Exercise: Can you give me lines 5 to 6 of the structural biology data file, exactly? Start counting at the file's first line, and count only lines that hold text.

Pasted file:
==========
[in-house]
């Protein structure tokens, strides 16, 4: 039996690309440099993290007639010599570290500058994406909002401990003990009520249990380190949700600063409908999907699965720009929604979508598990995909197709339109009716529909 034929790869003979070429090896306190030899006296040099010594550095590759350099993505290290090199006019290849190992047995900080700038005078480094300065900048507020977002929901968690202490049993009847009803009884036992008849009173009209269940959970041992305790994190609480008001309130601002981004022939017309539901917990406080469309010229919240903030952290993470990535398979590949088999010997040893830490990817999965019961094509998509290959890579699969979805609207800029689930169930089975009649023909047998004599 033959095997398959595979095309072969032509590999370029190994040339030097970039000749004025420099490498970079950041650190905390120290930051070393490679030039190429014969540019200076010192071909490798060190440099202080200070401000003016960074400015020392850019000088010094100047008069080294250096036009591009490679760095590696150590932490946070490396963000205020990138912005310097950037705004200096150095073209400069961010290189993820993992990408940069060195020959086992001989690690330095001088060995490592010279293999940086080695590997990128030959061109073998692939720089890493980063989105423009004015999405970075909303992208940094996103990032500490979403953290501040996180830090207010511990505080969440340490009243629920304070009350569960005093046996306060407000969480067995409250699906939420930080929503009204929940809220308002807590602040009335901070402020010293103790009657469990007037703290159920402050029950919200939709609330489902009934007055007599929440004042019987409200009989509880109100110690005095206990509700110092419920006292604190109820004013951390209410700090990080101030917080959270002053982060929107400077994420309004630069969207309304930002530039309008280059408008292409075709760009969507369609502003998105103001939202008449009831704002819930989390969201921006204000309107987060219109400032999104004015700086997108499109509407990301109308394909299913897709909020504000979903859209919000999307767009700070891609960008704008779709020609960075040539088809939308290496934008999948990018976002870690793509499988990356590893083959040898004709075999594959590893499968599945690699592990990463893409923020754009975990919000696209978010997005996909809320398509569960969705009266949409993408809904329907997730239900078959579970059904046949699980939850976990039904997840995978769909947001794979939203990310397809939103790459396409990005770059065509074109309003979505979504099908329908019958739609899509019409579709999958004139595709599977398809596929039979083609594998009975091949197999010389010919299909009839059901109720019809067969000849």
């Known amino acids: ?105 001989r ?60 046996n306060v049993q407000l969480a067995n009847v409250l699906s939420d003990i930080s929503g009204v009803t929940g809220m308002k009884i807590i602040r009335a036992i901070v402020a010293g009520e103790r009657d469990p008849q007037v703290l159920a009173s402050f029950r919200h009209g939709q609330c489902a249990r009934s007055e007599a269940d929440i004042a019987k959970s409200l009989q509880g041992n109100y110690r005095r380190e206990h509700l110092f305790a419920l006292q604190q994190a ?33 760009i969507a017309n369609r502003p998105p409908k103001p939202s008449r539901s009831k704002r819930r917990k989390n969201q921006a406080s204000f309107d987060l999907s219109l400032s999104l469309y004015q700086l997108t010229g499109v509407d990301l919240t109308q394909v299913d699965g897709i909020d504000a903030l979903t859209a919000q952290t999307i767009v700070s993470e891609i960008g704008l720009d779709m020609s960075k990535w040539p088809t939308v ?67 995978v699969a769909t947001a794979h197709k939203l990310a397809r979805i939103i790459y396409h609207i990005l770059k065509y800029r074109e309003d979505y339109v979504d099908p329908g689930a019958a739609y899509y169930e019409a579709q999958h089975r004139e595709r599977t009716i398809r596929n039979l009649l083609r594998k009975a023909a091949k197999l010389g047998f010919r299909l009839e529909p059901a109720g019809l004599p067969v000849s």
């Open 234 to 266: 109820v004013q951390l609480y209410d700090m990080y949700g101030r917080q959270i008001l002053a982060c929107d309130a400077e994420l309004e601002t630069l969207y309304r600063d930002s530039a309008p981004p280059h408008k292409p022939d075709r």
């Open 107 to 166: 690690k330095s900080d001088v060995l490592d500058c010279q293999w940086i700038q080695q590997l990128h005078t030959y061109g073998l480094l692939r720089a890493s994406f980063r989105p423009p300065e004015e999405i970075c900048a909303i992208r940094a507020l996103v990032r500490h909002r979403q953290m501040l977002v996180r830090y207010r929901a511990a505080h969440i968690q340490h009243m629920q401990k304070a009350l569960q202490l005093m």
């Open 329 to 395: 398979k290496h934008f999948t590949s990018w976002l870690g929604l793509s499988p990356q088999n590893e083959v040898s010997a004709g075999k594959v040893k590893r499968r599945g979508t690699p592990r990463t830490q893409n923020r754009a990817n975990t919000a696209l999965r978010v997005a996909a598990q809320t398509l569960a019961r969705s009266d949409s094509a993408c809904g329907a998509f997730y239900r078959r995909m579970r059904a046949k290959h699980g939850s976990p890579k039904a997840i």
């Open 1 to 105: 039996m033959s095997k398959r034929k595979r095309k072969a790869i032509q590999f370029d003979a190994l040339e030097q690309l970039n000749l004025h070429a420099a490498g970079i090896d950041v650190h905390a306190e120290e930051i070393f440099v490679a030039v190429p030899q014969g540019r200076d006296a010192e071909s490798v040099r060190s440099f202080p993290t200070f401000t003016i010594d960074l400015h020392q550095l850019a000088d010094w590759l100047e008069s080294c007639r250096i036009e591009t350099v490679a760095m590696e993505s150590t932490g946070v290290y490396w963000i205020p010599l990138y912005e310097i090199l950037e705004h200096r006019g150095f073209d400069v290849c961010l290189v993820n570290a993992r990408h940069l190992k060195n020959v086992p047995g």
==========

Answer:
């Open 107 to 166: 690690k330095s900080d001088v060995l490592d500058c010279q293999w940086i700038q080695q590997l990128h005078t030959y061109g073998l480094l692939r720089a890493s994406f980063r989105p423009p300065e004015e999405i970075c900048a909303i992208r940094a507020l996103v990032r500490h909002r979403q953290m501040l977002v996180r830090y207010r929901a511990a505080h969440i968690q340490h009243m629920q401990k304070a009350l569960q202490l005093m």
């Open 329 to 395: 398979k290496h934008f999948t590949s990018w976002l870690g929604l793509s499988p990356q088999n590893e083959v040898s010997a004709g075999k594959v040893k590893r499968r599945g979508t690699p592990r990463t830490q893409n923020r754009a990817n975990t919000a696209l999965r978010v997005a996909a598990q809320t398509l569960a019961r969705s009266d949409s094509a993408c809904g329907a998509f997730y239900r078959r995909m579970r059904a046949k290959h699980g939850s976990p890579k039904a997840i």